Moviemakers have always been interested in angels, heaven, and the spiritual dimension of the human experience. It is an international phenomenon. As these pages reveal, films produced in a wide variety of countries and over many decades have depicted the spiritual dimension with a wide range of approaches. How well have they done? Do their depictions coincide with the actual encounters of people who have had near-death experiences or received after-death communications or death-bed visions? Or do their depictions relate far more to fantasy? Do films incorporate or ignore the well-documented contact thousands of ordinary people have had with the spiritual dimension and which has been vividly described by scientists, doctors, nurses, and a wide variety of other people in books and articles published during the last few decades?
This book explores these fascinating questions by examining the link between the fictive world of the cinema and the actual experiences of ordinary people around the globe who have reported their contacts with the spiritual dimension. Some filmmakers come very close to the veracity of the phenomenon they incorporate into their movies while others completely miss it or achieve some degree of commonality with that reality.
A complete annotated filmography is provided, with additional information on each movie discussed in the main text. A glossary defines unusual terminology. A brief annotated bibliography is included, to guide readers to interesting books on near-death experiences, after-death communications, death-bed visions, and related subjects.
Excerpt from section on Angels:
Moviemakers tend to portray good people (even after they die) as different from angels, based on archaic religious myths. But we know from near-death experiences and after-death communications that this is not the case. Any departed soul that has gone to the Light (another word for heaven or for God) is the same as an angel.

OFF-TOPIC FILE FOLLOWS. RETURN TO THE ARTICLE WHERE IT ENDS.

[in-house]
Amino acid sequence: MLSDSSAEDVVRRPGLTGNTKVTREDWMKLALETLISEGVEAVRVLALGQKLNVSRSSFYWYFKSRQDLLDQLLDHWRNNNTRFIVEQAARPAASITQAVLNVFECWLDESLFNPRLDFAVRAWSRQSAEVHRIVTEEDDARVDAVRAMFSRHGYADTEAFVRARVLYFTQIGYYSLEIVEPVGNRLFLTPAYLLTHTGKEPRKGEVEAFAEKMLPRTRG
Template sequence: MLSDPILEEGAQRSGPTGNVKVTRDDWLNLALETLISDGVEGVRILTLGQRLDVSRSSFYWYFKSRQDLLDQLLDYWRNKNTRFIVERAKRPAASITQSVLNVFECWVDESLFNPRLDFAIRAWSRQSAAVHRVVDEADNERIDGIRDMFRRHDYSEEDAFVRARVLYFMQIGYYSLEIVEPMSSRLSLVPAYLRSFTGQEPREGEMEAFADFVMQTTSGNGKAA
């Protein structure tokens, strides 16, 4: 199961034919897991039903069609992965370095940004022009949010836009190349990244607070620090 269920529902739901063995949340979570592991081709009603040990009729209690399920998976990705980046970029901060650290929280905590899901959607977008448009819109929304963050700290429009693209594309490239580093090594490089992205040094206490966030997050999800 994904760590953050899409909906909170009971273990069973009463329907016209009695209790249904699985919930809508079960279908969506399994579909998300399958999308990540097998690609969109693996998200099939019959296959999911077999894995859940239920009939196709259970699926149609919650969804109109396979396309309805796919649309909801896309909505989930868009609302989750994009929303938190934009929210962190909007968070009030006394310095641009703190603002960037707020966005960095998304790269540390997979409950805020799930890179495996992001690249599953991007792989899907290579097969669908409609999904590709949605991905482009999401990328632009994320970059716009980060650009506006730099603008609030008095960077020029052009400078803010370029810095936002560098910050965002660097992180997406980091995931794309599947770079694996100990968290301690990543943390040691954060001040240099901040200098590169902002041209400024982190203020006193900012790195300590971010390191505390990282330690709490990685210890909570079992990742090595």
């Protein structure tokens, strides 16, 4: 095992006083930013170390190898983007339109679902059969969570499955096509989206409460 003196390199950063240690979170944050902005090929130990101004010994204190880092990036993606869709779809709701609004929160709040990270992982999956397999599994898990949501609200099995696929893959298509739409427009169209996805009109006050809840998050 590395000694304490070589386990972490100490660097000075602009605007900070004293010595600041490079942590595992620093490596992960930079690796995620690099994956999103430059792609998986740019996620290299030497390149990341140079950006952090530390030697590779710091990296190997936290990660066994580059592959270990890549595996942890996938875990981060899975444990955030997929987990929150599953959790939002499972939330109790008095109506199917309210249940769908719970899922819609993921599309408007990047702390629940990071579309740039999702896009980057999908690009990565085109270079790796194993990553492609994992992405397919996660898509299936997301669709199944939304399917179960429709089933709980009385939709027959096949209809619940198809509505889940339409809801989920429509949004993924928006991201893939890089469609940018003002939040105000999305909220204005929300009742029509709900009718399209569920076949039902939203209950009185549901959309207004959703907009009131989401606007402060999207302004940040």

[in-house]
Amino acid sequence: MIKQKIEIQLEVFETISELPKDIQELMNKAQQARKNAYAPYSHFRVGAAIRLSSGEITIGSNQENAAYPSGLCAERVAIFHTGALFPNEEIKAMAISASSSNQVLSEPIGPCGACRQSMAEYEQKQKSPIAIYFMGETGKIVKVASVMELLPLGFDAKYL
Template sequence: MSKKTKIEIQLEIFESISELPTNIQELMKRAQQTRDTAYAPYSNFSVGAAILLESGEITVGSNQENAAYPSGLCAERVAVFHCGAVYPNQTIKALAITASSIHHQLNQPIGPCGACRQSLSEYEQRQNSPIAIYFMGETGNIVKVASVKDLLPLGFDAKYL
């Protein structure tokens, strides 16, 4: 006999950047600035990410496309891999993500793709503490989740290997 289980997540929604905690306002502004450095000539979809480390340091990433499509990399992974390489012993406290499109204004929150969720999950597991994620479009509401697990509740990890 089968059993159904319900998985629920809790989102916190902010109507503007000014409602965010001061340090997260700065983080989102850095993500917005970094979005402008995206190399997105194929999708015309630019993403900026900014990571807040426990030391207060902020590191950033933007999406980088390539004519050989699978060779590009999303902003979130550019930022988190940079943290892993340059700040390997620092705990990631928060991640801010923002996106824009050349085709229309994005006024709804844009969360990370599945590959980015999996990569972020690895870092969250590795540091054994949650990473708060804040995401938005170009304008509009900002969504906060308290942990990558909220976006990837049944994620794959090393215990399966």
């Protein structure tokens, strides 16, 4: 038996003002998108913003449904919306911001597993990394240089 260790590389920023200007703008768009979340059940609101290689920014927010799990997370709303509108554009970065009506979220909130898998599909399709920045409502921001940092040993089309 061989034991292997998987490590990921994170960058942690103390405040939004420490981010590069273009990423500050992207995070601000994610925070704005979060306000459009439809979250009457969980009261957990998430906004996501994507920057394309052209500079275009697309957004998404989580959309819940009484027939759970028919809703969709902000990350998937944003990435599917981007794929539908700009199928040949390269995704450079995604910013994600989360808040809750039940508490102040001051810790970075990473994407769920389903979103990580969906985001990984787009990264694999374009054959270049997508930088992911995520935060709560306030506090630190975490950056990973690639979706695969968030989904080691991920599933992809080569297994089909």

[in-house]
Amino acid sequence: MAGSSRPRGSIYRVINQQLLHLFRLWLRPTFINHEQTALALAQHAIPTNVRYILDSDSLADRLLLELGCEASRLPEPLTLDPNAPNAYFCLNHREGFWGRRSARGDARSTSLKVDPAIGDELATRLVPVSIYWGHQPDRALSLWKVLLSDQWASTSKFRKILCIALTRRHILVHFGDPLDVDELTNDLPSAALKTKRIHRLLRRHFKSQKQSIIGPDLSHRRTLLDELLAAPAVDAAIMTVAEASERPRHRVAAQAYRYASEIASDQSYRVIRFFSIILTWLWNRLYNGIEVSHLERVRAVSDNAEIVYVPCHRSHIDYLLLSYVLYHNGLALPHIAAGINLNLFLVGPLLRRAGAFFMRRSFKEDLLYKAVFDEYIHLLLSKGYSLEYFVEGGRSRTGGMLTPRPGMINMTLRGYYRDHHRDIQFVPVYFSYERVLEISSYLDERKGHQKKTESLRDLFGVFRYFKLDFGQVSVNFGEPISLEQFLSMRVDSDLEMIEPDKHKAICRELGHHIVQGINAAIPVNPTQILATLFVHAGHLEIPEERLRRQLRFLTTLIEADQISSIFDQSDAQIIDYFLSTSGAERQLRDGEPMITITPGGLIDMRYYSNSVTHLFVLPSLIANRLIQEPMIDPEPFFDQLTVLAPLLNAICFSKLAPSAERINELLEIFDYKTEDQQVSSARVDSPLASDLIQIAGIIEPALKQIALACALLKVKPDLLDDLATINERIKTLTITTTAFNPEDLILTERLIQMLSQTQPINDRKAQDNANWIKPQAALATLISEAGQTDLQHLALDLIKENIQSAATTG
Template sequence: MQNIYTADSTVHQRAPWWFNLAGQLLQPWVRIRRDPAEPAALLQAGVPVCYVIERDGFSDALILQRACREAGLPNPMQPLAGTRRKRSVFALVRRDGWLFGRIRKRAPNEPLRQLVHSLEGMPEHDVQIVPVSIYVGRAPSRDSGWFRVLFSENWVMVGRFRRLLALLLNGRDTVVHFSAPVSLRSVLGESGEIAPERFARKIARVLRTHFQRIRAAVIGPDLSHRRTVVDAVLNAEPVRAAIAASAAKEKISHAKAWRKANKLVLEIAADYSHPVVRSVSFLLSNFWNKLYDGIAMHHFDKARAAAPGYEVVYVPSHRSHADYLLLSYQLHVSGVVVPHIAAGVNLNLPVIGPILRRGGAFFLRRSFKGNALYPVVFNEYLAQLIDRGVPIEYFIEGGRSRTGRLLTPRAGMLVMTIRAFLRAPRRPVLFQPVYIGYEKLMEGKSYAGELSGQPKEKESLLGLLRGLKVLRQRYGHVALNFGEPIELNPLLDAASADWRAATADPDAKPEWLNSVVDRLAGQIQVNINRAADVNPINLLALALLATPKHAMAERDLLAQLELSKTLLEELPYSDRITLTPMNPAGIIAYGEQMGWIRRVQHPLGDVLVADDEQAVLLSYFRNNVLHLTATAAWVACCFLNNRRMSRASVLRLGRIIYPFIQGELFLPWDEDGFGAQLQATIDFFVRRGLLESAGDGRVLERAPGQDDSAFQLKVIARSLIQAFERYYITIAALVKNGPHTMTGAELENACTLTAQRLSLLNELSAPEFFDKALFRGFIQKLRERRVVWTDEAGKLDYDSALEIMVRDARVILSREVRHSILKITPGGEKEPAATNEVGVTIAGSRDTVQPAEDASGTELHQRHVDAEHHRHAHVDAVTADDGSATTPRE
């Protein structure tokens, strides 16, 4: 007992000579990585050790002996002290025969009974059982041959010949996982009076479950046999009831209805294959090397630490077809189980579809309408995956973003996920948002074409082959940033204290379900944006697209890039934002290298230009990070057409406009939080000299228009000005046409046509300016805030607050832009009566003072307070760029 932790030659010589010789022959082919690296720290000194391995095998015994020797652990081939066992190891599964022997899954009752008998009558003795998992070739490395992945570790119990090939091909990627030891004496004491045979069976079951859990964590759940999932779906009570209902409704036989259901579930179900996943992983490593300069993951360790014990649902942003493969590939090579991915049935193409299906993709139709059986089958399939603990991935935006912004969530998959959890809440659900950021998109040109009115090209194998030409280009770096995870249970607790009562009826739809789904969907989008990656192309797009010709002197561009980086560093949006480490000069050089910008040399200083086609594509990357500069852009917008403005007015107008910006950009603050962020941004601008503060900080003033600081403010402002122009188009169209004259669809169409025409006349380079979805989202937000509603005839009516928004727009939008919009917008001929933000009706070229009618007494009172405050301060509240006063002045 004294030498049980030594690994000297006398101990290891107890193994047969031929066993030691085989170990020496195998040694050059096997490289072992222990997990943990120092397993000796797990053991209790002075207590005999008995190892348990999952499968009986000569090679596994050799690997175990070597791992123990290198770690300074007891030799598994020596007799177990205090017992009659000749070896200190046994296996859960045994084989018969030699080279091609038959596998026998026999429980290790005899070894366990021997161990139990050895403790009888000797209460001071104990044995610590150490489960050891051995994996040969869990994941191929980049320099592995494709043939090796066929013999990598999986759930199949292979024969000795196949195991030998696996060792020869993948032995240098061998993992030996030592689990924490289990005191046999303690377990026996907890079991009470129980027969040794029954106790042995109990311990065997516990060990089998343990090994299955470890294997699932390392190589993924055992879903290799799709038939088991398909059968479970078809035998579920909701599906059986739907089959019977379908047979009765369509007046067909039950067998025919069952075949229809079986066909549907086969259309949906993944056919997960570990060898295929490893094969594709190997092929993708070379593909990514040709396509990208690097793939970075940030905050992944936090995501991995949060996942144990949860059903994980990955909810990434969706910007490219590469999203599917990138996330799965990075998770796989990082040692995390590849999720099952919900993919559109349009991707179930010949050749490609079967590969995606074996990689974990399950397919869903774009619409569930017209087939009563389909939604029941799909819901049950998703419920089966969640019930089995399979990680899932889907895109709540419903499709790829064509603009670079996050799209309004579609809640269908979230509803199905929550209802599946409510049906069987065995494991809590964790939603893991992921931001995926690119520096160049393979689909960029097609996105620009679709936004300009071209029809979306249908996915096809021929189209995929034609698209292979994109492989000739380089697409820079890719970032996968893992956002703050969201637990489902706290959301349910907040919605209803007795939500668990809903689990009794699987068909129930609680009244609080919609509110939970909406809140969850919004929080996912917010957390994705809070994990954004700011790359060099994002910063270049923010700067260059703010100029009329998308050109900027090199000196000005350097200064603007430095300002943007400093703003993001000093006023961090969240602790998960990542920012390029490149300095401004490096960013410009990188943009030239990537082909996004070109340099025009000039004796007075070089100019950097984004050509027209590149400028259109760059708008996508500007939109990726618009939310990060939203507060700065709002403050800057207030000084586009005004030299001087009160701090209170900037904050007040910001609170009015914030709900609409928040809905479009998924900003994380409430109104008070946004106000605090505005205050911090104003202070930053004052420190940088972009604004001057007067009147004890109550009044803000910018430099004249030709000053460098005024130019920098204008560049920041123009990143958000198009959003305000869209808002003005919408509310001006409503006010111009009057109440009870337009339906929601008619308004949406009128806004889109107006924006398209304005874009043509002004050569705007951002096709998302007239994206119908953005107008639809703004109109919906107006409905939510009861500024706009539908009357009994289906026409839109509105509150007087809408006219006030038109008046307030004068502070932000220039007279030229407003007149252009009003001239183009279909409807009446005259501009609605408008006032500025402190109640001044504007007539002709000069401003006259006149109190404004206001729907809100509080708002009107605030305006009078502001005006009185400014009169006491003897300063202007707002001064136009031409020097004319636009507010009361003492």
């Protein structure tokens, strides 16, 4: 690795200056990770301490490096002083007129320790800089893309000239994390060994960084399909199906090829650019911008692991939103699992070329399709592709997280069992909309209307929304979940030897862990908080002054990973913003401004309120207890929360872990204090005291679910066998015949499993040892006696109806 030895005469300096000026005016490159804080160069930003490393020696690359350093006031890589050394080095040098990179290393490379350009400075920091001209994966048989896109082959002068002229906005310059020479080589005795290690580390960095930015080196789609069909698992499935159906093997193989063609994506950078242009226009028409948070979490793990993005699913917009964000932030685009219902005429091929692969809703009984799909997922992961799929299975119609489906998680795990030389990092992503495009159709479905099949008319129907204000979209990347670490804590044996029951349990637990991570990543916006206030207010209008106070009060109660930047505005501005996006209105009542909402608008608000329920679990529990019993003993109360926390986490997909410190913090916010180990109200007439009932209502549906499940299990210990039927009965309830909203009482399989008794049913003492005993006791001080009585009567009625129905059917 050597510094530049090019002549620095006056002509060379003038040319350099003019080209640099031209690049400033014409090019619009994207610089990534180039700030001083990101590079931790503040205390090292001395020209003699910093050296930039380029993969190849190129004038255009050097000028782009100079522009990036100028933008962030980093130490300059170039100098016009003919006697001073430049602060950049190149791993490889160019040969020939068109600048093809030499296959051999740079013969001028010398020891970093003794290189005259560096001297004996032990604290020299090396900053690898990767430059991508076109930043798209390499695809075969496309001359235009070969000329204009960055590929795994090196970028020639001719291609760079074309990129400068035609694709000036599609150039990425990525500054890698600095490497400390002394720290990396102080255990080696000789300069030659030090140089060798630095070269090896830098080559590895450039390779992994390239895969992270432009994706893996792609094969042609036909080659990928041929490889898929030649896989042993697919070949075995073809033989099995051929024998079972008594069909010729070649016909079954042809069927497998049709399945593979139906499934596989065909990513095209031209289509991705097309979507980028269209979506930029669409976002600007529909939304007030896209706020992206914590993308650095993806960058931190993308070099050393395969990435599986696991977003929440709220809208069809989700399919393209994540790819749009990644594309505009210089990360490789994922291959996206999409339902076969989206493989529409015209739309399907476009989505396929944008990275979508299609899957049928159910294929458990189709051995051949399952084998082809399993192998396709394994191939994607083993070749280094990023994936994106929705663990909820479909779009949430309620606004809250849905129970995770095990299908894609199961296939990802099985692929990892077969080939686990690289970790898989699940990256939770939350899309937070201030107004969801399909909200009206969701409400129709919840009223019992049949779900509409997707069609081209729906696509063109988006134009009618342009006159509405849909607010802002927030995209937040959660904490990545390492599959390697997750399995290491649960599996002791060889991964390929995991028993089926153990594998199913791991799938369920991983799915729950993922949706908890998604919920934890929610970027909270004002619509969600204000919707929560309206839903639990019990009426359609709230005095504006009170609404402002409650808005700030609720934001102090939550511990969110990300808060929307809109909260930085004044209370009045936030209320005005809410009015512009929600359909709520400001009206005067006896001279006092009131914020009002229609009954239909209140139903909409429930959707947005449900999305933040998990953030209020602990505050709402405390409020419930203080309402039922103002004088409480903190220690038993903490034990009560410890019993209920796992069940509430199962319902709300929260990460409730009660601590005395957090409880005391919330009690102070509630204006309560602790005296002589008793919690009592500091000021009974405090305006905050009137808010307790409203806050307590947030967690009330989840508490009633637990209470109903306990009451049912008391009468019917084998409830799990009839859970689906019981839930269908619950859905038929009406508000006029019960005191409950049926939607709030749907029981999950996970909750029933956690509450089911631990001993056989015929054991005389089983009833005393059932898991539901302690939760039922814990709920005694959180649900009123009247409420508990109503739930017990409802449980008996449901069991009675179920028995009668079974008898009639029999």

The excellent Highway to Heaven TV series (1984-1989) correctly shows Michael Landon’s character as having lived on earth before he became an angel. Several films, Angels in the Outfield (1951), Charley and the Angel (1973), and A Rumor of Angels (2001), also accurately depict that angels are simply people who have lived previously on earth and are now in heaven.
Excerpt from section on Guardian Angels:
People who had near-death experiences have related that they met their loved ones in the spirit world and were told that these angels were watching over and protecting them. Bereaved people who received after-death communications have asserted that loved ones in the spirit dimension communicated that they were looking after them and helping them through earth life. It is not a worker who has to “earn his wings.”
And yet, many classic films that show angels helping people, such as Here Comes Mr. Jordan (1941) and It’s a Wonderful Life (1946), err in showing them as servants or workers for God, assigned to help someone and unrelated to them except as part of their job. Similarly, Defending Your Life (1991) and Afterlife (1998), which depict way stations rather than heaven, show case workers assigned to help incoming souls.
It is commendable that The Human Comedy (1943), Miracle in the Rain (1956), and The Sea of Trees (2014), weave stories where departed loved ones are clearly watching over the bereaved. Also, three excellent movies, Cockeyed Miracle (1946), Somewhere in Time (1980), and What Dreams May Come (1998), correctly suggest that departed loved ones are guardian angels by having them come to fetch someone when they die.